Guns in Schools

lego-laser-tank1

(picture credit: finnslego.wordpress.com)

According to the CBS Boston local news website, a five year old school boy recently made a toy gun out of Legos, then ran around his classroom pointing it at other students while making shooting noises.  So the school made the boy’s mother sign a paper saying that if the child did this again he would be suspended.  According to the superintendent, the school has a responsibility to create an atmosphere of respect in which students “feel comfortable and not intimidated in school.”

You can read about it here:  http://boston.cbslocal.com/2013/01/29/hyannis-5-year-old-threatened-with-suspension-for-making-gun-out-of-legos/

A few questions come to mind:

  1. Why was the student allowed to run around the room?  Would it have been o.k if he had been walking?
  2. Why not just take away the Legos? Or require that students have a license to play with them?
  3. Could this have been the offending student’s (misguided) way of making the other students respect him?
  4. What should be done if the student trades in his Legos for a “hand gun?”  You know, what if he points his finger and raises his thumb to make a gun?

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This morning as I was greeting students in the hallway at Backpack Middle School on their way to first period, one of my 8th graders came along with his hand in the shape of a gun.  Personally, I think he was simply pointing at something down the hallway, but these days we can’t be too cautious.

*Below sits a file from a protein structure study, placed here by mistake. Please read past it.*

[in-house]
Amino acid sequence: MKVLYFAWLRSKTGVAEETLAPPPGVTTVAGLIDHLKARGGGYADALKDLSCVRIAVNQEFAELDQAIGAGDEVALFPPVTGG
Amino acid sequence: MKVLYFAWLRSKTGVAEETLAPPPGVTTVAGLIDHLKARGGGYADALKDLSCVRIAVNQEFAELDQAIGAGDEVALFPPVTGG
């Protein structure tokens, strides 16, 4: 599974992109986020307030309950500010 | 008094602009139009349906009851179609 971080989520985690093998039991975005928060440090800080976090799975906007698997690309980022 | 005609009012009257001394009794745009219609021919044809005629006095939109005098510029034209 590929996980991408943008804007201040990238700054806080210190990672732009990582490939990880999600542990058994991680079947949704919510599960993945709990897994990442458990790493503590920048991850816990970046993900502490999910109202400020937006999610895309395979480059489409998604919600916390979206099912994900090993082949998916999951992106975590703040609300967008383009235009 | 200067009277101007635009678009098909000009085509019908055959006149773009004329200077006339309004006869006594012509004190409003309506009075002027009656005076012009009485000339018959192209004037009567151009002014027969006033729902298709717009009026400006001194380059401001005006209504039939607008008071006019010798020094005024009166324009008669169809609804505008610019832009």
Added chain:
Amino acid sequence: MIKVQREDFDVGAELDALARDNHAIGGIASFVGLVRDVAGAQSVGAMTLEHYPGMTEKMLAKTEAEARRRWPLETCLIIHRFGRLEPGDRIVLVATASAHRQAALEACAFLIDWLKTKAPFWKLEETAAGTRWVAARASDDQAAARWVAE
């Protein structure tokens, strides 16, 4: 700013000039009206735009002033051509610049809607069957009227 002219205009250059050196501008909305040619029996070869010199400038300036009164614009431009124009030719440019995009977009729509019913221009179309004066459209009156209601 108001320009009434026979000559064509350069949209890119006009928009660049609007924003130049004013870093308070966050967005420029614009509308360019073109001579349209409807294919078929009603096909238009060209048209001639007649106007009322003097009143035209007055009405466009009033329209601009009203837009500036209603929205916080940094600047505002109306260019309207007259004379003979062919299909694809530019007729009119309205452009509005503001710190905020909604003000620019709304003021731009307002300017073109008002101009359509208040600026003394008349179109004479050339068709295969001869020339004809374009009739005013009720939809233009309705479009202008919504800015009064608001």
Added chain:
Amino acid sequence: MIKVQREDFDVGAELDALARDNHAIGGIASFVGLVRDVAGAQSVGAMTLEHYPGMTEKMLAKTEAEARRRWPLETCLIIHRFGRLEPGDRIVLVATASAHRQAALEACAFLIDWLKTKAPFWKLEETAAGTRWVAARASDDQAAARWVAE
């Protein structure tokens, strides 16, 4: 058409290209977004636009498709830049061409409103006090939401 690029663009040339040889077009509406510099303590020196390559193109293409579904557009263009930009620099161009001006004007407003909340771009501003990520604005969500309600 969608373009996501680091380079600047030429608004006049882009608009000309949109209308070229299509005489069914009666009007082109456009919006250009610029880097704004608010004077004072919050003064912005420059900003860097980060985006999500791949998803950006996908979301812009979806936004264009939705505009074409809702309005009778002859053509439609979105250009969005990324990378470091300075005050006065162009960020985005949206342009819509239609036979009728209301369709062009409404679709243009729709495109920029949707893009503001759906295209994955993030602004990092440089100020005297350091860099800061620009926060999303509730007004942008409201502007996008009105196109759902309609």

“Stephen (not his real name),” I called, waving for him to stop and come see me.  “What are you doing with that gun?  You know that is supposed to be left in your locker during school hours.”

He looked down at his hand, then back up at me.

“Next time, I’ll have to confiscate it and turn it in to the office, and your parents will have to come into the school to get it back for you.” I told him.  “Now, holster that thing before someone gets hurt.”

So with a grin, he stuck his hand in his pocket and went on to class.

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2 responses to this post.

  1. Posted by Jason on January 30, 2013 at 7:36 am

    Seems to me the school missed the real concern entirely. The offending student in Boston clearly has a learning disability. He needs to be taught that a gun made of Lego’s alone cannot actually shoot somebody. He must first load Lego bullets into the weapon, then fire. His lack of ability to understand this should be analyzed by the local school district. I have no doubt they would quickly recognize that it was wrong to hold this child, or the parent/legal guardian, accountable for this action. Now that they have recognized this learning disability, he will be provided the most effective therapy tax money can buy.

    Reply

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